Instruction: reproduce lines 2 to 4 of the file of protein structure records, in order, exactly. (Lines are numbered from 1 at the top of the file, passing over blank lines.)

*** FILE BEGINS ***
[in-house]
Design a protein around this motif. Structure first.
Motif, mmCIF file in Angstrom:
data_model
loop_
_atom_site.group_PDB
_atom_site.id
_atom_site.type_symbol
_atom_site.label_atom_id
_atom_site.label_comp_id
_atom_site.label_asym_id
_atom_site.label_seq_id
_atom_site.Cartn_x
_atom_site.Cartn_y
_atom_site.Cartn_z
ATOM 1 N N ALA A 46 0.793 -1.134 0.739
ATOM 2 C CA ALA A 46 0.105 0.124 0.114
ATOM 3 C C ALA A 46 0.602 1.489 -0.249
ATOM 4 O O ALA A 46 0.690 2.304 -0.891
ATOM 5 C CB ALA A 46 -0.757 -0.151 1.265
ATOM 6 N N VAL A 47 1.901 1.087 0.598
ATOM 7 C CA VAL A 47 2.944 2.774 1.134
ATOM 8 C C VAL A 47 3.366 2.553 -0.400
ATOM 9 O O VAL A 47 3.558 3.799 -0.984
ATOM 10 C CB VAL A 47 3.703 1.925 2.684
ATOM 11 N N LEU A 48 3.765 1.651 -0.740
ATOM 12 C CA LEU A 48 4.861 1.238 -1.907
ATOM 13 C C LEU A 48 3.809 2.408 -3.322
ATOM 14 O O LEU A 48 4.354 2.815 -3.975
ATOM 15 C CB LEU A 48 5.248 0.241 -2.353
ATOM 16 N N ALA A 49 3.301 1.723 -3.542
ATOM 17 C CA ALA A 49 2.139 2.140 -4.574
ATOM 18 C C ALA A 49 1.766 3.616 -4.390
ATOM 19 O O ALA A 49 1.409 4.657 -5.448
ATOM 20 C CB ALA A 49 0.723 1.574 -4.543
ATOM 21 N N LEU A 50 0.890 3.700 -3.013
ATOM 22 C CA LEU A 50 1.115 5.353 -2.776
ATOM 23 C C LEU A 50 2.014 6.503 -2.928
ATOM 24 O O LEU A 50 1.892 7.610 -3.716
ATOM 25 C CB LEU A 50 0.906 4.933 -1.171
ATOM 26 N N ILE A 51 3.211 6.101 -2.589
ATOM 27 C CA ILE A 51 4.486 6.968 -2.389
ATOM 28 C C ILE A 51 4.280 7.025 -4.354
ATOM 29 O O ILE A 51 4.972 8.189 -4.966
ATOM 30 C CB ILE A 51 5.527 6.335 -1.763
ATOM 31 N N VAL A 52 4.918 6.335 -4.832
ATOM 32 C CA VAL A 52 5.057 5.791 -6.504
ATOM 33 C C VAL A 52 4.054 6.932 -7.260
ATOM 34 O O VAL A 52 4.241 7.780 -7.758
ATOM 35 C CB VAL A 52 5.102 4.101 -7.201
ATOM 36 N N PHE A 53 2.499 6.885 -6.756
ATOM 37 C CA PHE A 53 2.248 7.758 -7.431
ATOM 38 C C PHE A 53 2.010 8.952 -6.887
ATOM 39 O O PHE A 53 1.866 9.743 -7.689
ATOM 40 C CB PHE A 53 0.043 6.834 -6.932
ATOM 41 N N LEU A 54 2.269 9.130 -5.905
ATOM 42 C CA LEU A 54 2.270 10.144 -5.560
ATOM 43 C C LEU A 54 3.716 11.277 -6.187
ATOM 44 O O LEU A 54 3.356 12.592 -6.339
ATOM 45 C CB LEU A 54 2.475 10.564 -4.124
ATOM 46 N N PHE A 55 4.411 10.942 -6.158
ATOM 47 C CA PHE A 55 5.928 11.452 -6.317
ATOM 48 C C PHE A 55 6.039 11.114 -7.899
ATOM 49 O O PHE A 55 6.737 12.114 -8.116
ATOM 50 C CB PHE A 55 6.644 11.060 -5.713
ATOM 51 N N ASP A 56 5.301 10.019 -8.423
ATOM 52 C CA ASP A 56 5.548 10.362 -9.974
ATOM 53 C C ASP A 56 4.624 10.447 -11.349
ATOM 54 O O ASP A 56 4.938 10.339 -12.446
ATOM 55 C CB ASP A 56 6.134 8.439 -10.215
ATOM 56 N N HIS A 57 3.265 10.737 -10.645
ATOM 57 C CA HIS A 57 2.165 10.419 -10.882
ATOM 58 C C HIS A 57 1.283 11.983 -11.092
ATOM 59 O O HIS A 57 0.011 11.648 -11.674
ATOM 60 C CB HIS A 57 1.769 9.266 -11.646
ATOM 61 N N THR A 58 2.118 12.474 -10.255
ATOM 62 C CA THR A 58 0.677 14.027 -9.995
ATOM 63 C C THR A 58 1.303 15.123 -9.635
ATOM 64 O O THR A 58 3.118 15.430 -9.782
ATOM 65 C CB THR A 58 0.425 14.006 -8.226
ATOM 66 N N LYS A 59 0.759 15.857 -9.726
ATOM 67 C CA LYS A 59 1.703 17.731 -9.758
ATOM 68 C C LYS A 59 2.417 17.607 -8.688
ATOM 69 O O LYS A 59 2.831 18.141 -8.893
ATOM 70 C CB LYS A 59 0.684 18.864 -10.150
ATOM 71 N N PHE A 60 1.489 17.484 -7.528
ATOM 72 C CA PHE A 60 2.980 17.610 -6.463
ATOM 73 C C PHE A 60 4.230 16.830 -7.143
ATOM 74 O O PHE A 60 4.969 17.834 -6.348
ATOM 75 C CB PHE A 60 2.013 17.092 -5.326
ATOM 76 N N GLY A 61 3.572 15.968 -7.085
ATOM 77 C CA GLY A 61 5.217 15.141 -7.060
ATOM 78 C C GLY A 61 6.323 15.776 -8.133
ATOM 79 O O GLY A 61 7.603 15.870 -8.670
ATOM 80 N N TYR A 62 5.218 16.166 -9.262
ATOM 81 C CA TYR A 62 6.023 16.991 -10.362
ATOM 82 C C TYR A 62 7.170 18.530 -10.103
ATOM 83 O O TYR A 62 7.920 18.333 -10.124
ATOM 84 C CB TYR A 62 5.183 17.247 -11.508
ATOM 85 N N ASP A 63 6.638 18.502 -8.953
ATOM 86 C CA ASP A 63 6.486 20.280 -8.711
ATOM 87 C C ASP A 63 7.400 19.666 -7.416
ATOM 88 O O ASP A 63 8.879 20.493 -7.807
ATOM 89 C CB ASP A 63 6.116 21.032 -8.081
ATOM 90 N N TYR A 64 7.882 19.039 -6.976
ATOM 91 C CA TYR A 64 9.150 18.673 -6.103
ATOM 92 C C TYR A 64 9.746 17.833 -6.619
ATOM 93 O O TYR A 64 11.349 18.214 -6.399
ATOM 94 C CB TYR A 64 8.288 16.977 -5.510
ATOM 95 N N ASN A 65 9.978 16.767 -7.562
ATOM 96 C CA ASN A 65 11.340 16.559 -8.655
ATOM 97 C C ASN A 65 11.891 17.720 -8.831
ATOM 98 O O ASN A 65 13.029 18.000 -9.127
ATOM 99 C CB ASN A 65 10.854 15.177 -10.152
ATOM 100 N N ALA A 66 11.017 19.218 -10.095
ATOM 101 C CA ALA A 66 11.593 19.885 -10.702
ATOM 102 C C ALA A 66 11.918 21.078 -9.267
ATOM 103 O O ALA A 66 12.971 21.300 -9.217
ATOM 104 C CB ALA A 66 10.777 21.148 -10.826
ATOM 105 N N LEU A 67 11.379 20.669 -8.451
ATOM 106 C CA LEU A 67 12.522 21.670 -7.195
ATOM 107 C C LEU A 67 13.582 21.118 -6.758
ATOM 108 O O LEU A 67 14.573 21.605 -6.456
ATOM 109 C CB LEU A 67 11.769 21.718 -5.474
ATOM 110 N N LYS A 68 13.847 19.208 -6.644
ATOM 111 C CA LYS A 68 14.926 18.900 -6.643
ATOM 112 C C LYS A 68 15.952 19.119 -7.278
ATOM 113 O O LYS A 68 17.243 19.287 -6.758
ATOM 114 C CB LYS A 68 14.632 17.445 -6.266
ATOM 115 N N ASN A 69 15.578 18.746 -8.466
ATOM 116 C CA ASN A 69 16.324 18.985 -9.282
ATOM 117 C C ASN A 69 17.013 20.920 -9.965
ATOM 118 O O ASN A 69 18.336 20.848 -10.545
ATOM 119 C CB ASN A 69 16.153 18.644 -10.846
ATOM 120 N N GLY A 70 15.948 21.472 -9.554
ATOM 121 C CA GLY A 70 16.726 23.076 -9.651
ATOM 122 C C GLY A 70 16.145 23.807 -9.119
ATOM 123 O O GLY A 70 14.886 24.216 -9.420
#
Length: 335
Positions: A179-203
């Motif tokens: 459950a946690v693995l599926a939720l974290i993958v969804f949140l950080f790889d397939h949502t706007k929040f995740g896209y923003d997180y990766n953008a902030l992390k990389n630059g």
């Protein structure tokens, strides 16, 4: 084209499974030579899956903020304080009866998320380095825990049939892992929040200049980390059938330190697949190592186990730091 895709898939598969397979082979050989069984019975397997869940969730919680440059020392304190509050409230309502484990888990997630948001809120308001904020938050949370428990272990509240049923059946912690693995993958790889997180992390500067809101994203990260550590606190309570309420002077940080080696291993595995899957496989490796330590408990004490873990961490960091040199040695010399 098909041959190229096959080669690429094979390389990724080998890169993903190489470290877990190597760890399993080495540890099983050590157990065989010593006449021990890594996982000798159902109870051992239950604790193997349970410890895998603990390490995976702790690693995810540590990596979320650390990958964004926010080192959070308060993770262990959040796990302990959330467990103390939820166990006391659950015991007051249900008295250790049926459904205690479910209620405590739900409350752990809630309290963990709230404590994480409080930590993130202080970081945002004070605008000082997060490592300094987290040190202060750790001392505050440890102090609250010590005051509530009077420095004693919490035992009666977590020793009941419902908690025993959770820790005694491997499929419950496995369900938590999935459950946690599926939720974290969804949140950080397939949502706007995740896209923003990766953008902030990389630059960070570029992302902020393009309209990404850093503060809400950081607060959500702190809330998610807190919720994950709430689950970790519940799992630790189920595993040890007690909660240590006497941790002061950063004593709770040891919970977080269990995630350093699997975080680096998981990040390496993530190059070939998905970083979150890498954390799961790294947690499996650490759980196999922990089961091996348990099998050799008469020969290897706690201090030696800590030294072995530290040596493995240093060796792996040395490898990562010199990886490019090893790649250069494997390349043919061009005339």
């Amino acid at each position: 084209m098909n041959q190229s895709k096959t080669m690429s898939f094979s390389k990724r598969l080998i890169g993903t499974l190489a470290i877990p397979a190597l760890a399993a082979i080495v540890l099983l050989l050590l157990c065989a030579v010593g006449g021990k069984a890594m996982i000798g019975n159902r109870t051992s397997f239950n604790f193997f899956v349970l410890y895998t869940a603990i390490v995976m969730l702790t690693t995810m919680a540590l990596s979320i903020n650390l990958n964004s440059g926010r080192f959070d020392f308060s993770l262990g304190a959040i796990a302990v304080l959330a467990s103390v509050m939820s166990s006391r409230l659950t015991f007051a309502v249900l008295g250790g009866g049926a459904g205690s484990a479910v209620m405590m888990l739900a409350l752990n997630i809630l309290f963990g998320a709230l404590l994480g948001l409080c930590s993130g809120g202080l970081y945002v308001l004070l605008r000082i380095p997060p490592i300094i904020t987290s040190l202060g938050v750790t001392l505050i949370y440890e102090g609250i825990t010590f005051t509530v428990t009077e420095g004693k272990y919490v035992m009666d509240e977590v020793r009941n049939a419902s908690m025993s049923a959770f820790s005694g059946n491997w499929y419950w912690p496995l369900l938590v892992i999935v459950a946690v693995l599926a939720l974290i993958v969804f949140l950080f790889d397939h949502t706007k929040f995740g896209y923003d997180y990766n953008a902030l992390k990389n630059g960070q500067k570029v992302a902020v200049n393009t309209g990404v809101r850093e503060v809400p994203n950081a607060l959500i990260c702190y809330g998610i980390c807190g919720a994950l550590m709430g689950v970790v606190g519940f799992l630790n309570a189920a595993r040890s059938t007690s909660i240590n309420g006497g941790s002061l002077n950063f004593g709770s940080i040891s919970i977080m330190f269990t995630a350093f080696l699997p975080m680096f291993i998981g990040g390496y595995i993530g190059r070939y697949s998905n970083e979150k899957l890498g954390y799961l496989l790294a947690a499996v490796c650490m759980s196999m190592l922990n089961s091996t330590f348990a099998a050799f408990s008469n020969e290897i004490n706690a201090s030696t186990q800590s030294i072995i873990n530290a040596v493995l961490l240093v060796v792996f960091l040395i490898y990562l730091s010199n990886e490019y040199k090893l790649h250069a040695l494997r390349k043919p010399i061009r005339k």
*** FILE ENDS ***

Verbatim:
Design a protein around this motif. Structure first.
Motif, mmCIF file in Angstrom:
data_model